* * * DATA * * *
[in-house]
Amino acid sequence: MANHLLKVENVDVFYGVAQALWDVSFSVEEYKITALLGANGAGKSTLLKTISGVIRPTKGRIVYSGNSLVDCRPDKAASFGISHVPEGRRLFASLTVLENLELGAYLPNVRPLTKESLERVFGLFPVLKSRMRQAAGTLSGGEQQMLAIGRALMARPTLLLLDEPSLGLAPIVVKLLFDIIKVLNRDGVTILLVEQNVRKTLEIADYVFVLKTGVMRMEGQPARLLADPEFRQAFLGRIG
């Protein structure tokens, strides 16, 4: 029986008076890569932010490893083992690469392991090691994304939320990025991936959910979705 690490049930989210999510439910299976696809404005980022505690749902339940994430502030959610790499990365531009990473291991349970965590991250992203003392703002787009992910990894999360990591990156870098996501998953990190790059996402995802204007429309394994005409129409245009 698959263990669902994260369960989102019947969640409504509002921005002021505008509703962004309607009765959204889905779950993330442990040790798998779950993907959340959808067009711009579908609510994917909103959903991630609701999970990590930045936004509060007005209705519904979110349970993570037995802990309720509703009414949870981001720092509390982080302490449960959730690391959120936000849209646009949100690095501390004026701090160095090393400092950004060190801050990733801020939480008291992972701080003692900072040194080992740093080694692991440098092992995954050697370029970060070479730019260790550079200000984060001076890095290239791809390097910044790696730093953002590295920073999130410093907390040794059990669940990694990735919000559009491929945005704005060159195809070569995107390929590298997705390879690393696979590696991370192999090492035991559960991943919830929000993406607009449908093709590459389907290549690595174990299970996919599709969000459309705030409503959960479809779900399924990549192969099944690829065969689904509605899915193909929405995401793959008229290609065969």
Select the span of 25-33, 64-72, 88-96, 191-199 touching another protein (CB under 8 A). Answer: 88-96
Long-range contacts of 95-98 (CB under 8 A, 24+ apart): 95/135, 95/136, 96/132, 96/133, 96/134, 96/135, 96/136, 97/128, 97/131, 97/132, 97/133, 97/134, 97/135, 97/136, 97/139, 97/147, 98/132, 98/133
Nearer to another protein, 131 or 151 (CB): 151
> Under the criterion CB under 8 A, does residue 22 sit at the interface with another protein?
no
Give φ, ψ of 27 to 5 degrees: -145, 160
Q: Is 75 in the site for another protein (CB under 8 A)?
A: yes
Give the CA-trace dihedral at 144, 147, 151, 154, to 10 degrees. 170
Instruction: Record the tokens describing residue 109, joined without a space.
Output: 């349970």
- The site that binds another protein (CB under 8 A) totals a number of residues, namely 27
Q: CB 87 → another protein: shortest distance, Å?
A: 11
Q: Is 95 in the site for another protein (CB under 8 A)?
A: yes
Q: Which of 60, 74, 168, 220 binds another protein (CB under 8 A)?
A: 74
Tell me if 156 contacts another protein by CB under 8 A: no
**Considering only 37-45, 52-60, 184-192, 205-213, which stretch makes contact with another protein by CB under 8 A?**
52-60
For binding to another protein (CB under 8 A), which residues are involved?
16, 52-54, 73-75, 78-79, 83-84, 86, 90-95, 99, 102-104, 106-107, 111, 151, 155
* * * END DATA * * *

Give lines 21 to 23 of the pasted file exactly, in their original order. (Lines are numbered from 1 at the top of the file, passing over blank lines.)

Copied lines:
A: 74
Tell me if 156 contacts another protein by CB under 8 A: no
**Considering only 37-45, 52-60, 184-192, 205-213, which stretch makes contact with another protein by CB under 8 A?**